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Posts Tagged ‘maritime garden’

Saturday, 20 July 2019

Gardens, Sea and Art tour

presented by the WSU Master Gardeners of Grays Harbor and Pacific Counties

Ocean Shores

Garden 7: Beauty and the Bay

I had reasons to look forward to this garden.  Diane is the aunt of Terri of Markham Farm, and Terri would be co-hosting.  I am not playing favourites when I say I liked this garden best.

photo by Evan Bean

along the street

along the street

Allan’s photo

the other side of the front driveway

Kilyn’s photo on instagram…followed by her caption

(Each garden had a sign reminding us of the plant sale at the community garden.)

Note those cool rocks with holes in them.  I found some like that in 1991 on Kalaloch Beach.

into the back garden

just inside the gate

Allan’s photo

To our left was the memory garden with mementos including the hard hat and boots worn by Uncle Neil when he helped build the road to Paradise on Mount Rainer.

Allan’s photo

Allan’s photo

On to the back garden.  I was already smitten.

To our right, a sunroom/greenhouse.

fire circle

sunroom

Allan’s photo

To our left, vegetables in barrels….

Roses and driftwood…

photo by Evan Bean

roses and agapanthus…

In the corner, a garden boat.

Then a mossy burbling rock…

.

..and a driftwood gate.

 

photo by Evan Bean

Outside the gate, a view of North Bay:

Looking back at the house:

fire circle

Allan’s photo

On the deck:

Allan’s photo

Leaving the deck…

…we explored the rest of the bayside garden, a separate-feeling area to the right of the driftwood gate.

path to a gate

Allan’s photo

Allan’s photo

the bay side of the house

Twin frogs instead of lions flank the doorway.

another burbling rock

Allan’s photo

wheelbarrows and probably pots of spring bulbs beside the house

We still had not seen it all; we next found the enclosed garden at the front of the house.

a little pond

You might recognize this from the garden tour poster.

photo by Evan Bean

a beautiful front porch

a woman after my own heart in many ways

We had found Terri in the front garden courtyard and had a good chat.  Because her aunt was out touring other gardens, we did not get to meet her, but I know Terri will tell her how much we loved her garden.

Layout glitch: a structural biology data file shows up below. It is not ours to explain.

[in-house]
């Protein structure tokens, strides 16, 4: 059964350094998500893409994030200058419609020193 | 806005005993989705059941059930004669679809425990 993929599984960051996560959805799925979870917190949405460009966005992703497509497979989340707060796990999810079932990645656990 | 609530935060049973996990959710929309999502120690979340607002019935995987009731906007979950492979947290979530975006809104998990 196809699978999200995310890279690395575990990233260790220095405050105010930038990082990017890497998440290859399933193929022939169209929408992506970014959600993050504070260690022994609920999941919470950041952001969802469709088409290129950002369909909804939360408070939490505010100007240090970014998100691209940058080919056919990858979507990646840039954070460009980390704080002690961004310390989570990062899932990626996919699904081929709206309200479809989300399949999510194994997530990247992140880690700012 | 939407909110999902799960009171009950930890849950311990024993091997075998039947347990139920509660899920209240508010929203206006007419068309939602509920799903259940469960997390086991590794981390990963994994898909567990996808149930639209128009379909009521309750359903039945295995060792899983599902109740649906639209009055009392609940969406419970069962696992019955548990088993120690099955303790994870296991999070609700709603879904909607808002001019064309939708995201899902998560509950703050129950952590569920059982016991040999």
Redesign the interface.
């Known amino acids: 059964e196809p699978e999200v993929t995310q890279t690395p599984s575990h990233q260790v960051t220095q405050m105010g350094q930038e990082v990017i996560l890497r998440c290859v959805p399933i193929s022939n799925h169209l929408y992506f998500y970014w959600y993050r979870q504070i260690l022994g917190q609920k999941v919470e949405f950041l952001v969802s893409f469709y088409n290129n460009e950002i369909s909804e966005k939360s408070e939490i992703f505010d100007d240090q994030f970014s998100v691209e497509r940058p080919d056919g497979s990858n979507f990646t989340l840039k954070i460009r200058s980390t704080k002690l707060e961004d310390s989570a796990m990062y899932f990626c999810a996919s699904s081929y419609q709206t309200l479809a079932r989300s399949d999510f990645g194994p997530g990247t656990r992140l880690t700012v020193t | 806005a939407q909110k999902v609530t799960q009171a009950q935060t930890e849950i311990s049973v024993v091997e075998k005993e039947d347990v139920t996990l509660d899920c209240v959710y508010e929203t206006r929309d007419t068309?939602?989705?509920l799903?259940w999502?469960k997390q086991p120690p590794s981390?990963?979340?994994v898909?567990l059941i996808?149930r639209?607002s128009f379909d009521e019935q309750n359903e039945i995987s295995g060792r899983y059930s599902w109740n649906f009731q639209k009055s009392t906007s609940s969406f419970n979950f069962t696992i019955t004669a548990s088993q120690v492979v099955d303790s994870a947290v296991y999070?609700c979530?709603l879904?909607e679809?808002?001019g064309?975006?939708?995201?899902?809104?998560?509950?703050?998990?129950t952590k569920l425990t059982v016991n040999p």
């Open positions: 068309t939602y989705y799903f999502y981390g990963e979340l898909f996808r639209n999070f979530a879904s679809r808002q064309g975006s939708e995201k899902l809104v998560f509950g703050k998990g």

Kilyn and Peter had arranged a tailgate teatime for four with homemade scones (Peter’s) and cookies and small sandwiches.  What a delight. We were joined by Evan and Ann.

Allan’s photo

We loaded up plants that Ann had brought for me to purchase from two nurseries she works for (propagating plants): Secret Garden Growers and Cistus Nursery.

While Kilyn and Peter went on ahead to the next (and last) garden, I just had to have one more walk through the Lemke garden because I loved it so much.  When we finally were about to tear ourselves away, Teresa from the Planter Box arrived, much to our surprise and pleasure.

She had manage to wrangle two days off from her garden center, so of course we all extended an invitation to her to come tour Markham Farm garden with us on Sunday.  We left her chatting with Terri and departed for the final tour garden.

 

 

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Saturday, 20 July 2019

Gardens, Sea and Art tour

presented by the WSU Master Gardeners of Grays Harbor and Pacific Counties

Ocean Shores

Gardens four and five were next door to each other on one of the canals, joined by a friendly archway.  Having a companionable gardening neighbour is my ultimate dream.  I am in my mid 60s and feel that every passing year lessens the chances for this one dream to come true.  (I like my neighbours on both sides, but none of them are passionate gardeners.)

garden four: A Garden for All Seasons

Allan’s photo

The front garden:

Allan’s photo

Allan’s photo

Allan’s photo

I bet the bay window room has a beautiful green light inside, just as I like it.

Deer fence with bamboo extensions (Allan’s photo)

Turning the corner to the side garden:

Under the pergola at canal side is a pond and waterfall.